Saponification —

Hydrolysis of esters under basic conditions is known as

Soap is made by saponification of oil or fat. Most soap is
made from fat; Castile soap is made from olive oil.

Oils and fats are triglycerides, ie triesters of glycerol and
fatty acids. Fatty acids are straight chain carboxylic
acids, having an even number of carbons ranging from
~10 to ~20. The alkyl portion may be saturated or
unsaturated; if unsaturated the double bond(s) are
usually cis and there are usually not more than 3.

When triglycerides are saponified, soap and glycerol are
produced —

            O                                                          O
 CH2 O     C       R                          CH2OH         Na     O   C     R
           O                                                           O
                        +   3 NaOH   H2 O
 CH O      C       R'                         CHOH          Na     O   C     R'
           O                         heat                              O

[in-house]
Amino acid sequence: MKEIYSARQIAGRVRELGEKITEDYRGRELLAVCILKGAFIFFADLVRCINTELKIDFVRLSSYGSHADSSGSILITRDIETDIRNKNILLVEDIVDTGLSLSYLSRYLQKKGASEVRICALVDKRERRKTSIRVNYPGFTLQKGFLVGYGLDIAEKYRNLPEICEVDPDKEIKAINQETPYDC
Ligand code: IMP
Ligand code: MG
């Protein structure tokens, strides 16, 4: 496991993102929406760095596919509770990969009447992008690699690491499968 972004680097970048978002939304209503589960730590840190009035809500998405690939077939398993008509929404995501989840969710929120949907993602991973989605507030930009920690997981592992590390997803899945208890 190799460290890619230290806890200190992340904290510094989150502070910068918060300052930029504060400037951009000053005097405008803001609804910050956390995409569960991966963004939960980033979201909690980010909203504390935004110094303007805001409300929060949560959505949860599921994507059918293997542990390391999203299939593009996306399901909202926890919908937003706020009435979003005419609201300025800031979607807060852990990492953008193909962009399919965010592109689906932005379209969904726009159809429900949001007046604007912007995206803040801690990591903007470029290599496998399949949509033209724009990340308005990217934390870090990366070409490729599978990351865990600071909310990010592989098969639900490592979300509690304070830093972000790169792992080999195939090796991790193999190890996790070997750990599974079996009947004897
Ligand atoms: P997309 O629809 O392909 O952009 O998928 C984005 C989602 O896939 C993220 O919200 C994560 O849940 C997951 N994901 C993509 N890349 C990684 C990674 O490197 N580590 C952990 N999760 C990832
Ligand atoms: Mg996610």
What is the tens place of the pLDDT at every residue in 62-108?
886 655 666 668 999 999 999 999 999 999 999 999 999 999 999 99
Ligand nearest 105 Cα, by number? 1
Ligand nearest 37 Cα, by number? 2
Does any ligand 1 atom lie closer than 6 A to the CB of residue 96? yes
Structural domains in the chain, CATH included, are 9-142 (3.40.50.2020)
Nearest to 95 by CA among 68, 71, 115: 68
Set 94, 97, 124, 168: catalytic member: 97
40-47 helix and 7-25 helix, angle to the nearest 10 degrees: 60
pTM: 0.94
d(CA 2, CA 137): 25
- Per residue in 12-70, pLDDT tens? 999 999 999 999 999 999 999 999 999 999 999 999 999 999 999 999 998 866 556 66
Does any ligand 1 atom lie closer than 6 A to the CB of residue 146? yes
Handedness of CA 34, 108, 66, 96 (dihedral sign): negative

CH2 O      C      R"                         CH2OH         Na     O   C     R"

  a triglyceride                              glycerol         sodium soap

Sodium soap is a surfactant; it disperses into water in the
form of micelles and is able to emulsify grease.

Hard water contains Ca+2, Mg +2 or iron ions. Sodium soap
reacts with these ions forming an insoluble magnesium or
calcium soap, soap scum. This problem can be remedied
by replacing soap by a synthetic detergent which does
not precipitate in the presence of the "hard water" ions.

Sodium sulfonates,
having long alkyl                                                    O
                                                                     S O-    Na+
chains, are sometimes
used as detergents and
                             a branched alkyl sulfonate, not biodegradable
are effective in hard
water. Often the
sulfonic acid group is on an aromatic ring which also
holds the long alkyl group.

Reduction to Primary Alcohols —

O                    O
                             1. LiAlH 4, ether
    C            C                                   HOCH 2         CH2OH